A Parable from Silence

Zeebie the Dragonfly

    About 3 weeks ago, before the family went on a short vacation, I needed to mow the back lawn. I got on my small riding lawnmower and proceeded to mow the few green parts left. (The rest of the backyard is a pattern of brown pee-pee circles created by our Labrador Retriever LOL) Anyway, while I was mowing along, a large dark, loud, fearful looking insect came straight at me out of nowhere. A huge rush of fear-filled adrenaline exploded in my brain and I reacted by jumping off the mower and ran for cover-anywhere that this monster of a beast was not!

    At that moment, I was not. There was only the fear which was followed by some thoughts about being bitten or stung by this terrible menace. It was amazing that I was aware of all this happening, as it occurred. So having recovered somewhat, I very swiftly walked into the house to calm down. I was very disappointed that here I was, this towering giant (in Dragonfly standards) and I was undone by this relatively small creature. I thought I had no fear of bugs, having dealt with 3 inch cockroaches in South America and Southeast Asia, and having been stung a few times by the good ol' U.S. Yellow Jacket. Obviously somewhere in my memory, or perhaps in my DNA itself, there was a frightful aversion to this giant bi-plane dive bomber. I had to know more.

    I went onto the Internet and began to read about Dragonflies. What I read amazed me. I won't bore you with all the details but here was a creature older than the dinosaurs by millions of years, a creature which has not changed much through evolution (apart from not being it's ancient size: A THREE FOOT WINGSPAN!!!!!) and is a gentle, non-biting, non-stinging relative of butterflies and moths. And here is what touched me. Most Dragonflies only live for a few weeks. With that in mind I hurried out to the backyard with a mantra "they do not bite, they do not bite."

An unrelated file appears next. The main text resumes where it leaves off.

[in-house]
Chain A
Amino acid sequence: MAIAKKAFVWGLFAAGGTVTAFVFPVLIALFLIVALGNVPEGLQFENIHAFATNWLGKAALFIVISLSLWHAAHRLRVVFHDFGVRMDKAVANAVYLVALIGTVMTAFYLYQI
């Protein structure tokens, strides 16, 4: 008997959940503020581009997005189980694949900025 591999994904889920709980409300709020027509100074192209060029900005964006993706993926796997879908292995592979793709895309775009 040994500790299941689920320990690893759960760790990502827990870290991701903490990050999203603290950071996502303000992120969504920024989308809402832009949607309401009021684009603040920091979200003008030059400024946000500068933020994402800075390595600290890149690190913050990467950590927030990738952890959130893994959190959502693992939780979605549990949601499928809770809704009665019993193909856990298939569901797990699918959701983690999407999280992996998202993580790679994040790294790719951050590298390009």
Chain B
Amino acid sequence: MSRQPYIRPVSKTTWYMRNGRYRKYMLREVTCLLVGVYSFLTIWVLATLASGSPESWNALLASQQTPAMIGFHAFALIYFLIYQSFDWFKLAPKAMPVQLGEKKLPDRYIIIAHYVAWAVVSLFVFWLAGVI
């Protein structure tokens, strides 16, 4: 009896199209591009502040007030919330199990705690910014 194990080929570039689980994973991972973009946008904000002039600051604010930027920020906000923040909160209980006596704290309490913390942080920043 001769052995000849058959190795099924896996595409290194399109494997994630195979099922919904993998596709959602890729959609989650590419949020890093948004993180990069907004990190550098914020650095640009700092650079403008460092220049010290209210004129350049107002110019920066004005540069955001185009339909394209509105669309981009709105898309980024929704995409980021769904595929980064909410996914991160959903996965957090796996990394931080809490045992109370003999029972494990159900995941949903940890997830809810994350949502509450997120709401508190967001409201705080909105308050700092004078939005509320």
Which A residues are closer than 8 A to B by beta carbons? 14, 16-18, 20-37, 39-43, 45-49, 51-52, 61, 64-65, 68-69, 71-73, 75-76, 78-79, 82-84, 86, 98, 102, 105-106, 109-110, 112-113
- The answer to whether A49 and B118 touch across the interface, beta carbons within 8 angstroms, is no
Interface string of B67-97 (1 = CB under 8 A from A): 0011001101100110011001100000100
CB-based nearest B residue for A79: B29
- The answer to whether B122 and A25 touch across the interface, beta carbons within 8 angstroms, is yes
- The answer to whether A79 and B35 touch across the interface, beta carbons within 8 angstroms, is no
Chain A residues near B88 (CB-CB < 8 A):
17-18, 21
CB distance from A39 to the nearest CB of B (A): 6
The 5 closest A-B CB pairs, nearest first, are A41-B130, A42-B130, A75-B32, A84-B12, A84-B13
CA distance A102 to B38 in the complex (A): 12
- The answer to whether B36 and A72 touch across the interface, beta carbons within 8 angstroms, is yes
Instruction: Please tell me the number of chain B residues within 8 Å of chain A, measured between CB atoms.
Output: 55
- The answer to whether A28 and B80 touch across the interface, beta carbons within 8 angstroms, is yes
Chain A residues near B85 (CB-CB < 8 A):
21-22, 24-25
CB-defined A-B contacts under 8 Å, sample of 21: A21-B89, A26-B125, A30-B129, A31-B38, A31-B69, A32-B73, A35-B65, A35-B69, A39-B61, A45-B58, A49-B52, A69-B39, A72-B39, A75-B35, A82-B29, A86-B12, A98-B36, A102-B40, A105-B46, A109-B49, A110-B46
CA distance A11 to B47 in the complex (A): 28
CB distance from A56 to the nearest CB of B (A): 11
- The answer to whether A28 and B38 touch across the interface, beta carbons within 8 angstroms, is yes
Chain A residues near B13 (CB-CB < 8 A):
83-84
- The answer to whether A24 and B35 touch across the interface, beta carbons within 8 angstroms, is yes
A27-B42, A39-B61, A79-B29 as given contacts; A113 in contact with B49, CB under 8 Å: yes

I went to the area of the yard where I had been assaulted, stood very still and waited. Sure enough, the creature approached me, as if we were drawn together by some ancient mystical attraction. It buzzed me a few times and then did a remarkable thing. It hovered a few feet from my head. It was almost as if it was facing it's own fear or instinct to escape or attack. It was checking out this large life form called a human and remaining still. Then the bug settled on a tomato plant stake. I sat down on the grass and we were there together, each life form relaxing in the presence of the other, nothing to say, nothing to feel, no fear, just a simple sharing of that moment. It was then that I noticed it's absolute magnificent beauty. It had black and white stripes like a zebra and so we named him (or her) Zeebie. 

    In the following weeks Zeebie was always there, always checking us out, always near the tomato stakes. As a matter of fact, at one point there were 6 or 7 Zeebies buzzing around, dancing together. I introduced my children to him and them and we enjoyed their majesty, their grace, their formidable appearance and mostly when they landed on the stakes, resting, just being, in black and white.


    It's been two days since we've seen any Zeebies. Perhaps they are gone. Perhaps they have disappeared into the Pure Silence from which they had arisen. Perhaps we will never see Zeebie again. All I know is that this beautiful insect, this glorious form, had taught me more about myself than any book or any teacher. I am thankful to him, for his arising, for the miracle of his coming to meet me and now for his departing. And isn't this the simple meaning of life, of Pure Silence? It is right here, every second if we would just be aware and awake. All we need to do is look, listen and allow it to be.

From Zeebie - with love!

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